Akata Witch #1
by Nnedi Okorafor
Published on July 11, 2017 by Speak
Genres: Fantasy, Young Adult
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Sunny Nwazue lives in Nigeria, but she was born in New York City. Her features are West African, but she's albino. She's a terrific athlete, but can't go out into the sun to play soccer. There seems to be no place where she fits in. And then she discovers something amazing—she is a "free agent" with latent magical power. And she has a lot of catching up to do.
Soon she's part of a quartet of magic students, studying the visible and invisible, learning to change reality. But just as she's finding her footing, Sunny and her friends are asked by the magical authorities to help track down a career criminal who knows magic, too. Will their training be enough to help them against a threat whose powers greatly outnumber theirs?
This book was provided by the publisher for free in exchange for an honest review. This does not affect my opinion of the book or the content of my review.
I’ll be honest, I’d never heard of Akata Witch until it arrived on my doorstep. And when I skimmed some of the reviews, I saw that it was compared time and again to Harry Potter which immediately sparked my interest.
They weren’t wrong. There are definitely similarities but this book is so much more than that.
The story begins with Sunny, a twelve-year-old born from the United States who has returned to her parents’ native Nigeria. Between her upbringing for nine of her twelve years, as well as being albino, she doesn’t always fit in.
First off, the setting is perfect. Okorafor weaves an intricate magical world within a cultural that I’m not familiar with but became completely engrossed in. I was really intrigued by the Leopard people, those with magical abilities in this world. Each detail in this book has a purpose, a meaning, whether you realize it right away or not. I also thought the entries from Sunny’s book scattered throughout between chapters provided an interesting examination of the Leopard people from the eyes of that book’s author, someone who’s a member of Leopard society.
I’ll be honest. I forgot that the characters were younger after I started reading. Though Sunny is twelve, this book read more like a young adult novel than middle grade which is where I would have expected it to fall based on the character’s age.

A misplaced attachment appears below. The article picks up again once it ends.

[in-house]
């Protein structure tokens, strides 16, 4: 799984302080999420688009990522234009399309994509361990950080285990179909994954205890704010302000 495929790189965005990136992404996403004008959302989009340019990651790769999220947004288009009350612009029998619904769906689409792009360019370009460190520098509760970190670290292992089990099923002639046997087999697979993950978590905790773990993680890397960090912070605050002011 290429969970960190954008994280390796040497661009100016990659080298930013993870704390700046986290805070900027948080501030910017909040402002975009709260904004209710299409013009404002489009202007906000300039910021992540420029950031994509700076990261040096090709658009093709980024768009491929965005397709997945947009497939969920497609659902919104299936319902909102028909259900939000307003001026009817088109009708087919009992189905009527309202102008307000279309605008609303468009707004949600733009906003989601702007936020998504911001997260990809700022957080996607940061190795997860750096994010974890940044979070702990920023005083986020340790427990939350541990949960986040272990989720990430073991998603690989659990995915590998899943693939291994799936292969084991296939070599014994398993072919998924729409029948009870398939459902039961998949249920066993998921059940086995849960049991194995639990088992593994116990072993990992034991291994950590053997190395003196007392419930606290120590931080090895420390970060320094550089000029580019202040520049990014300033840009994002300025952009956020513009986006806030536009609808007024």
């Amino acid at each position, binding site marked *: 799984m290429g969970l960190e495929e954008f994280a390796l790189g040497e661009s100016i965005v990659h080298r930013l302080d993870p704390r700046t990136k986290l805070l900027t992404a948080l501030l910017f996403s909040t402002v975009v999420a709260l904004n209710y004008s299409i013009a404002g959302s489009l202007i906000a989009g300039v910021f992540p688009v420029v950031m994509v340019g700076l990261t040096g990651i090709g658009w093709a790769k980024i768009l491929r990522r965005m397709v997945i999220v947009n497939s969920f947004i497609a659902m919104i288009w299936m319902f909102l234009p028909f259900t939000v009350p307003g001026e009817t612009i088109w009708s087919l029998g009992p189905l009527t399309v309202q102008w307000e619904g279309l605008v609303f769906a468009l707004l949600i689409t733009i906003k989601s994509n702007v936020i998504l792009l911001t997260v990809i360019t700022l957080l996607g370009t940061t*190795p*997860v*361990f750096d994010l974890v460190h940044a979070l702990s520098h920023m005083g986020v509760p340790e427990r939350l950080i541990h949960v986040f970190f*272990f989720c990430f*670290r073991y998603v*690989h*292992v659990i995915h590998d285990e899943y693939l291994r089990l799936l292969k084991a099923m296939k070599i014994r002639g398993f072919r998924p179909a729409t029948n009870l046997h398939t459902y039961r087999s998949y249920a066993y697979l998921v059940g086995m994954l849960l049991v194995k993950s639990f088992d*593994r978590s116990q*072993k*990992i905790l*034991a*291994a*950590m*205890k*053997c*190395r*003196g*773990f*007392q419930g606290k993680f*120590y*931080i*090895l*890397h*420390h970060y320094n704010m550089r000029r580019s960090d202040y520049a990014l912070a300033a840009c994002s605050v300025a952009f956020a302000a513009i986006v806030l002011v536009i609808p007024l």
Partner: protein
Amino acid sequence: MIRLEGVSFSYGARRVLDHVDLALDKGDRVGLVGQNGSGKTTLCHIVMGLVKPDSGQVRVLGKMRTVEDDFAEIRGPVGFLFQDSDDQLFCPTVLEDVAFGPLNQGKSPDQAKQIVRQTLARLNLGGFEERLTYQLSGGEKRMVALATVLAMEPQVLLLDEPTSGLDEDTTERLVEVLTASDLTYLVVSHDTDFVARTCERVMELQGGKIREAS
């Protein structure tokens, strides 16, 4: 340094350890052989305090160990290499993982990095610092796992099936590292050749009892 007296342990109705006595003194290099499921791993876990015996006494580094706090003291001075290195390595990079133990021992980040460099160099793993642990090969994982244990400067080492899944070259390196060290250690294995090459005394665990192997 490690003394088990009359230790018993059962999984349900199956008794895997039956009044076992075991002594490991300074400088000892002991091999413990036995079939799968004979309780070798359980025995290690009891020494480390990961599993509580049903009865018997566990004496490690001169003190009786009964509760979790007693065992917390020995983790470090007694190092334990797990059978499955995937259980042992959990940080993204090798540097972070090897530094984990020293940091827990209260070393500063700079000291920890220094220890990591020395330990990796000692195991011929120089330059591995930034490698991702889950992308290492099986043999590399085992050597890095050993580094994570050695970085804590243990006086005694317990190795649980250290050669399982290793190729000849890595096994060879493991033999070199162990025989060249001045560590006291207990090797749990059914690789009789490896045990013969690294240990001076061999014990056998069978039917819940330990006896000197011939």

Where her age showed was in how little she really knew about the world she found herself in (and with good reason). It’s hard not to see the parallels to Harry Potter here. Sunny (Harry) learns she’s a Leopard girl (wizard) who will be able to use juju (cast magic) and use a juju knife (wand). She and her friends (Harry, Ron, and Hermione) have to defeat the big bad and save the magical world and the Lambs (Muggles) that might be affected.
There were other scenes in the story that made me immediately think of scenes from Harry Potter but the overall story is a familiar one. And that wasn’t a bad thing. I wasn’t really sure how I felt about a book being described as this similar but found that Okorafor put such a unique spin on the same general idea that easily stands on its own as a fabulous book.
I wanted to see Sunny succeed. While she’s new to the Leopard world, her friends have been a part of it for many years. Chichi’s spunk and sass kept scenes interesting while I thought of Orlu as the glue holding them all together. Then there’s Sasha who was a bit more of a wild card but they all came together.
It was great to see how the author also spun characteristics that might seem like flaws into something unique and good. Sunny is albino and it’s caused her to be ridiculed by her peers, but it’s also what makes her special, what gives her abilities that very few Leopard people have naturally.
Now there were a few things I wasn’t a big fan of. The ending was a bit lackluster for me, rushed compared to the rest of the book and a tad predictable based on the story arc. For the rest of the book, the chapters were drawn out and moved a bit slow. Though I liked the characters, I didn’t find them to be overly interesting compared to the world itself. And as I mentioned, the plot was easy enough to guess in terms of the big points. It’s a familiar story so that’s to be expected.
Overall, I did really enjoy Akata Witch and will be diving into Akata Warrior soon!